CARVILLE: This somebody who can respond for the campaign. She's a big person.

CARLSON: She said that privately.


CARLSON: And if you're mad at Bush, you ought to just say so, rather than picking on some intern.


CARVILLE: Pop Prozac, America.


CARLSON: Well, the politics of security. As authorities move to secure major financial centers against terrorist threats, voters are being asked inside who will keep you safer. That's the question.

And, later, as Ben Affleck steps off the campaign trail, which celebrity has taken his place in this political campaign? We'll reveal the answer to the question.

We'll be right back.

ANNOUNCER: Join Carville, Begala, Carlson and Novak in the CROSSFIRE. For free tickets to CROSSFIRE at the George Washington University, call 202-994-8CNN or visit our Web site. Now you can step into the CROSSFIRE.



(APPLAUSE) CARVILLE: With lots of phony fanfare, President Bush today announced he's signing off on many of the recommendations made by the 9/11 Commission. Of course, he never wanted the commission in the first place. And John Kerry is pointing out that the Bush administration hasn't moved anywhere near quickly enough to protect the country against terrorism.

In the CROSSFIRE to debate who will keep us safer, former Virginia Republican Governor and former Old Town Alexandria resident Jim Gilmore. He chaired the national panel on our preparedness for attacks involving weapons of mass destruction. Also here is Texas Democratic Congressman Jim Turner, who, I might add, district borders on the great state of Louisiana and is the ranking member of the Homeland Security Commission.



CARLSON: Congressman Turner, thanks a lot for joining us.

Howard Dean, as you know, sadly, didn't secure the nomination of your party. But he's reemerged as a senior adviser to John Kerry. He spoke at last week's convention in Boston. I want to play you a clip of him explaining his reaction to the latest terror alerts.

Here's Howard Dean.


DEAN: I am concerned that every time something happens that's not good for President Bush, he plays this trump card, which is terrorism. His whole campaign is based on the notion that, I can keep you safe. Therefore, in times of difficulty for America, stick with me.

And then out comes Tom Ridge. It's just impossible to know how much of this is real and how much of this is politics. And I suspect there's some of both in it.


CARLSON: In other words, Bush is making up the terror threat for his -- for political advantage. Is this the position of the John Kerry campaign? And, if not, why is this character speaking for the campaign?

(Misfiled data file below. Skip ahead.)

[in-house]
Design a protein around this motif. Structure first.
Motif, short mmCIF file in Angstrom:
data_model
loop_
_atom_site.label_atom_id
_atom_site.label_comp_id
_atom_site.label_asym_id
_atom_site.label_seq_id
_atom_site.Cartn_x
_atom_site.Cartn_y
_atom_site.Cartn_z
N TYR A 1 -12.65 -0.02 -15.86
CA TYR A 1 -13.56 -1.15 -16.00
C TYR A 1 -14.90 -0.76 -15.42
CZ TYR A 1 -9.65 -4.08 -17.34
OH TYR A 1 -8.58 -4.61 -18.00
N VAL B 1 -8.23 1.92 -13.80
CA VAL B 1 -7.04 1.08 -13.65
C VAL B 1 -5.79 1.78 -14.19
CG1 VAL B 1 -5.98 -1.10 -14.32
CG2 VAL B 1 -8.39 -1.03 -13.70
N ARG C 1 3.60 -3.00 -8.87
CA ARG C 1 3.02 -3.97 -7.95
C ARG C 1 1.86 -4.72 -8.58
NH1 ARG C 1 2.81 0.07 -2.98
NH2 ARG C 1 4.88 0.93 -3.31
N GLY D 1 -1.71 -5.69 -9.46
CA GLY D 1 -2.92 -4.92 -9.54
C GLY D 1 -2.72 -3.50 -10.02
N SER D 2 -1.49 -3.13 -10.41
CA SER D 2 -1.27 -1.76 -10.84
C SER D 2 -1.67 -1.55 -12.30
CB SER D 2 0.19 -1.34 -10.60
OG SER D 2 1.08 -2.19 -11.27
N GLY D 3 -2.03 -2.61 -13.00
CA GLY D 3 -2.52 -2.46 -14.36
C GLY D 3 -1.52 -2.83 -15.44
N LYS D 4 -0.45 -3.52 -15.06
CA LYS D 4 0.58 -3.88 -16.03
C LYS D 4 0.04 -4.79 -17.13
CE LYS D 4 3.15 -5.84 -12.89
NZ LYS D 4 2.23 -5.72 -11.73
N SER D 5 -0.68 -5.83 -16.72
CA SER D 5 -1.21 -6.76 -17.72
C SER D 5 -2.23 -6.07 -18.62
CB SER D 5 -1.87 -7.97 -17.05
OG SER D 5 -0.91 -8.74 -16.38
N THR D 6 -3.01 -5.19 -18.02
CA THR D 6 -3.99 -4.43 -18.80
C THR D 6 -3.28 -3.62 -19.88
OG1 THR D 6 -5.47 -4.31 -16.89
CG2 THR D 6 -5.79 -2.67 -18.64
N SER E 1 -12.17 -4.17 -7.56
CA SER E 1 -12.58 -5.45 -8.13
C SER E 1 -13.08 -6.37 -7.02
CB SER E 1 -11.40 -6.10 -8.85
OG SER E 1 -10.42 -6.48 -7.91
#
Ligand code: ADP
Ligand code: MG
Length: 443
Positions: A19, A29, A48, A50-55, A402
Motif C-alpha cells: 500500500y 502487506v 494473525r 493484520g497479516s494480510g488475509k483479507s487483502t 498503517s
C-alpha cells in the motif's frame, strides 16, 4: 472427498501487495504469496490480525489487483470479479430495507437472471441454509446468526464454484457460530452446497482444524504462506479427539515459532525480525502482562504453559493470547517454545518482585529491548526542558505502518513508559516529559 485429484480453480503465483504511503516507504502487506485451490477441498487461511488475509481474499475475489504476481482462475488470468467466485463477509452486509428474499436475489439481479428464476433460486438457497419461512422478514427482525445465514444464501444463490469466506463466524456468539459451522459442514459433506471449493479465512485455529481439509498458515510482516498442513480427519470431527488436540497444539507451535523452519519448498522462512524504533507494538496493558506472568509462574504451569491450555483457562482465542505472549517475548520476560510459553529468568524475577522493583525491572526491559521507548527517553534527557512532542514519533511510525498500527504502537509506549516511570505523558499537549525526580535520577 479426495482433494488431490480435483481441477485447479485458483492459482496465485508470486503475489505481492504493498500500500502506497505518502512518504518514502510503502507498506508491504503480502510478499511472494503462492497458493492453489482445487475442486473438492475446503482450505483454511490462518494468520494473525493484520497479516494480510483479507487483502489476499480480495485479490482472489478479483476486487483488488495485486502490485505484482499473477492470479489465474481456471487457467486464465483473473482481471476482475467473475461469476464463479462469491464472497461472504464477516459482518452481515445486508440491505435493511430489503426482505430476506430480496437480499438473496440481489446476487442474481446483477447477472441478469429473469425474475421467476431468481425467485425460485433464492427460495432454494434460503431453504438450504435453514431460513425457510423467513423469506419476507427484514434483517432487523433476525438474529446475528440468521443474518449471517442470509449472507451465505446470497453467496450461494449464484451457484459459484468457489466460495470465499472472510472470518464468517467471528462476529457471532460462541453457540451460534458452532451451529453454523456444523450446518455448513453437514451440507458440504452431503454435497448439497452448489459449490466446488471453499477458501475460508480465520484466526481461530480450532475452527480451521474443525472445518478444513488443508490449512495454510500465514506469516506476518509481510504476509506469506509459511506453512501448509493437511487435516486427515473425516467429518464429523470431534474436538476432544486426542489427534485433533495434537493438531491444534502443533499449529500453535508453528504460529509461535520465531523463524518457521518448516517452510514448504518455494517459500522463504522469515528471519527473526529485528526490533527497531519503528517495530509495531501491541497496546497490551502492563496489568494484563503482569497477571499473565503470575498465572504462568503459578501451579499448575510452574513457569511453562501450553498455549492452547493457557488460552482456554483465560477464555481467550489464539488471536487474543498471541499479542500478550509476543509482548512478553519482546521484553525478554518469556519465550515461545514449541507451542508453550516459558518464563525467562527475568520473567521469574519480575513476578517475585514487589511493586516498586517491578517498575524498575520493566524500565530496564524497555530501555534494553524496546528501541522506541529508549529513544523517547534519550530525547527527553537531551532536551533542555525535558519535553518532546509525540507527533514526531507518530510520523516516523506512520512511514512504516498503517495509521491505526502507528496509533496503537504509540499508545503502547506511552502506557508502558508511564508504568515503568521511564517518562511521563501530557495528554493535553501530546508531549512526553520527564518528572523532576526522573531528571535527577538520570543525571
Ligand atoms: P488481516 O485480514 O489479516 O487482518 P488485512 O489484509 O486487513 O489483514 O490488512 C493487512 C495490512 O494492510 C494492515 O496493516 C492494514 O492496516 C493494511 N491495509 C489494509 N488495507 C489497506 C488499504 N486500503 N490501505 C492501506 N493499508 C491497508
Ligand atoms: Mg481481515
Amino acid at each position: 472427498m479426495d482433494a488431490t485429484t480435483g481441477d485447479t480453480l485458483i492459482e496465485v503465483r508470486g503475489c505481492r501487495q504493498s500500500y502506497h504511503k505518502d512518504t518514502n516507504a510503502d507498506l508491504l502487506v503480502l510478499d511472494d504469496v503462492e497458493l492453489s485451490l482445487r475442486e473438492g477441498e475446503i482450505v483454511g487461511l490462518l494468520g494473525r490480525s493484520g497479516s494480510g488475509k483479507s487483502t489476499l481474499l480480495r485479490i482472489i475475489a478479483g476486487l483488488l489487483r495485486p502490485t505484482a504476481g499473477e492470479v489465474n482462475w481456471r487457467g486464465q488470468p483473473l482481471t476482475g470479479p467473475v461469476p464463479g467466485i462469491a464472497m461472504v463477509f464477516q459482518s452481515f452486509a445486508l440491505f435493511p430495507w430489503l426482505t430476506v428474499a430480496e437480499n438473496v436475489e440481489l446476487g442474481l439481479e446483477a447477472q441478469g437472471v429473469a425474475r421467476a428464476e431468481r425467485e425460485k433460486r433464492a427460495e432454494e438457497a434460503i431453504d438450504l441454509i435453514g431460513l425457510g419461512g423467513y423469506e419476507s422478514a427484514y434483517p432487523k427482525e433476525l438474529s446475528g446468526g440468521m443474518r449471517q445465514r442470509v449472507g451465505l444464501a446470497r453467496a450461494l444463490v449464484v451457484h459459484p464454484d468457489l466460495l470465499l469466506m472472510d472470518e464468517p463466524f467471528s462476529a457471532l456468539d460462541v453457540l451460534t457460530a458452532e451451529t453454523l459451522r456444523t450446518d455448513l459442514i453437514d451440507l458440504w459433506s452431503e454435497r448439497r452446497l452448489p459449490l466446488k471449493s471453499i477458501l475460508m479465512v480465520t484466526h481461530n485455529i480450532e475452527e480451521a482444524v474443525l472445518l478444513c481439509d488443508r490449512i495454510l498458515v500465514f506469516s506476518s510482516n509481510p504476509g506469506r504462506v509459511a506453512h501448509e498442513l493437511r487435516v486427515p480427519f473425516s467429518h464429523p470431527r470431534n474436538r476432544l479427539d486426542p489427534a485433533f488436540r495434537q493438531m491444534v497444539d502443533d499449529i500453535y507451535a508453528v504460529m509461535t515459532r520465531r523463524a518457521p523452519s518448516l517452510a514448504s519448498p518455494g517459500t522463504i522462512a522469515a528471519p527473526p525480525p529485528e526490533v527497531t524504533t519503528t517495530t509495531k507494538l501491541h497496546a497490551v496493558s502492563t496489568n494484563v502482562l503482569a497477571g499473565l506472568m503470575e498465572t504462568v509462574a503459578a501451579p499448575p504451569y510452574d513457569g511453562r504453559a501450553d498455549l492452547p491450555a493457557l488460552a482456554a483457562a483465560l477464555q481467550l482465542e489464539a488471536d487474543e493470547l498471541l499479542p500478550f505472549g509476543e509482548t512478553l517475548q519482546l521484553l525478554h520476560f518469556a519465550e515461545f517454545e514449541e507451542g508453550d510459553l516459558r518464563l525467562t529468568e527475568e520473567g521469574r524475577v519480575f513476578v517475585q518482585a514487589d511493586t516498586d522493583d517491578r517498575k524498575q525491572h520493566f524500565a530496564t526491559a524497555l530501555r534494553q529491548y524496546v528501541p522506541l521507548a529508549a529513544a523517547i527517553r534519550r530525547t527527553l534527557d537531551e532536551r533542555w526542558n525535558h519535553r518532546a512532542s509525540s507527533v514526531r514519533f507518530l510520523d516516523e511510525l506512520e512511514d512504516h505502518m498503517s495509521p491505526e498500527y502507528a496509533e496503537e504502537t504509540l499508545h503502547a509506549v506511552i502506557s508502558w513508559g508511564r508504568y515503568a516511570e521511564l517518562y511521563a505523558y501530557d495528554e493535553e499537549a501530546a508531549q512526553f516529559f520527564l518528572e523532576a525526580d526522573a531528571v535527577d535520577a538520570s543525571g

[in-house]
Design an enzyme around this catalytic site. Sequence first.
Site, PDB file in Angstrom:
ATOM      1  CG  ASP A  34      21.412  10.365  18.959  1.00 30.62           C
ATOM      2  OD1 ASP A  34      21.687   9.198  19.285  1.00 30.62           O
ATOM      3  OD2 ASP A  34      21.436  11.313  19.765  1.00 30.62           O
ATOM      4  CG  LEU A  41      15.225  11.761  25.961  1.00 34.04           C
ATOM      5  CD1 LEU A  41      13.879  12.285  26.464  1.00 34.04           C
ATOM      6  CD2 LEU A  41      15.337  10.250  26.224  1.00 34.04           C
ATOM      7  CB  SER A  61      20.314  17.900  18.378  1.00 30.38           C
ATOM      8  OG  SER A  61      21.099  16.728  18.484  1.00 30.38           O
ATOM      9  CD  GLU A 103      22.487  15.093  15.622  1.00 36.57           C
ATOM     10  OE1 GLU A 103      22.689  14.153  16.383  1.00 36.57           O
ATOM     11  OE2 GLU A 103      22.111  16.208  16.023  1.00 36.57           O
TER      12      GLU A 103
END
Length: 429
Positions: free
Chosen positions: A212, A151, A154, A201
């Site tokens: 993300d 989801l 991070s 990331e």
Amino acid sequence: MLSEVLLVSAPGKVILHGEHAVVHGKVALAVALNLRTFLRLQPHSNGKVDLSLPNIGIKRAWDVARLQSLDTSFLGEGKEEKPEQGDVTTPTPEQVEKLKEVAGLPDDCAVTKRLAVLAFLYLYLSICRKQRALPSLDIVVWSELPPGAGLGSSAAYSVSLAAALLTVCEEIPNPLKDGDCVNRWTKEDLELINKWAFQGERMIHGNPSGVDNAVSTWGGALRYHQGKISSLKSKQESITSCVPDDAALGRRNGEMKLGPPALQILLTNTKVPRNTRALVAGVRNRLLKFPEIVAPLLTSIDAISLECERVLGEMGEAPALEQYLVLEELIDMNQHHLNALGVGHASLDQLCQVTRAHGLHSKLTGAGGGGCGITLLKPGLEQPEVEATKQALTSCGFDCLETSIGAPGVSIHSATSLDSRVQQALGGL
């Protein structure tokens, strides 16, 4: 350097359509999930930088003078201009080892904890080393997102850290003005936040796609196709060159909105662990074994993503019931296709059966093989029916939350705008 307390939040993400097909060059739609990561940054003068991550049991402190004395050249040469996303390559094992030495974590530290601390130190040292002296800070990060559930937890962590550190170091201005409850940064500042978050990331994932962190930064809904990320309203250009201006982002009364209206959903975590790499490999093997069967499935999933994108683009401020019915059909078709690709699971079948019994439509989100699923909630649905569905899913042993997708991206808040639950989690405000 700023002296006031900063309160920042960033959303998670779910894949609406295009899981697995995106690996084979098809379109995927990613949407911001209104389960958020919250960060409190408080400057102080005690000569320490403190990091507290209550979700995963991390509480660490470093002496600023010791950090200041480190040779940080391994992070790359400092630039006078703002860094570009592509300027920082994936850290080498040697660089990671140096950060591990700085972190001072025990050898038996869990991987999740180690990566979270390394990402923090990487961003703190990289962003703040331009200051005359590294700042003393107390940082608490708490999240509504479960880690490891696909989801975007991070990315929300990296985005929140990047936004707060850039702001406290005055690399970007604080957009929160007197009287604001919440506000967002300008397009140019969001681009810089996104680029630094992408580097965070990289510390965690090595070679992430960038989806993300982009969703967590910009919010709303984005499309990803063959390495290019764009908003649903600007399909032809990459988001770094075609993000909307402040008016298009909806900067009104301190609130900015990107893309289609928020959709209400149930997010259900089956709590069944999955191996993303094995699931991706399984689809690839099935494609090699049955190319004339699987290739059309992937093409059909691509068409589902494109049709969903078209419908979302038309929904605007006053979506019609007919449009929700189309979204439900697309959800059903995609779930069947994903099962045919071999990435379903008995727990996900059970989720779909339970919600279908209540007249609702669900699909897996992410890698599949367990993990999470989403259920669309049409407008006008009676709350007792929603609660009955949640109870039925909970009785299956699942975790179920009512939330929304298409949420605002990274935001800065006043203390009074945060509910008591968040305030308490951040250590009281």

REP. JIM TURNER (D), TEXAS: That's not the position of the Kerry campaign. In fact, I heard John Kerry just a few minutes ago disavow what Howard Dean said about the recent alert.

I think the recent alert was one that should have been given. It was targeted toward a threat that we've learned about. Obviously, that threat is not one that tells us there's a plan to attack those buildings. But, clearly, there was surveillance of those buildings. And I think the public had a right to know that. And I think the security measures that have put in place would deter an attack if there was one being carried out.

CARLSON: This is one in a series of alerts over the past couple of years. And after the last few -- and we've done shows on this here on CROSSFIRE -- you've heard Democrats complain that this is part of the Bush administration's attempt to kind of gin up fear in effort to help itself politically.

Is that -- what do you think of that? Is that a message the Kerry campaign wants to get behind?

TURNER: You know, I think what the Kerry campaign has done, and I think rightfully so, is talk about what John Kerry will do to make this country safer.

We have a whole host of severe security gaps that remain that should have been closed after 9/11, security gaps in aviation, port security, chemical plant security, rail, public transportation, lack of interoperability of communications equipment. All of those things have been ignored. They have not been dealt with adequately. And we need to do better than we're doing.


CARVILLE: Governor, I want to first say I'm in the John Kerry- Jim Turner camp here. But Governor Dean was saying what people in my party say -- and I'm always faced with this -- is to say, look, on Friday, you have disastrous income numbers come out of the IRS. You have the -- announcing that we're going to have the biggest budget deficit we've had in American history, that growth is nowhere near as much as we're due, that health care costs have exploded under this administration. And of course we know about the debacle in Iraq and that they just do this to try to change the subject. Now, I don't agree with it.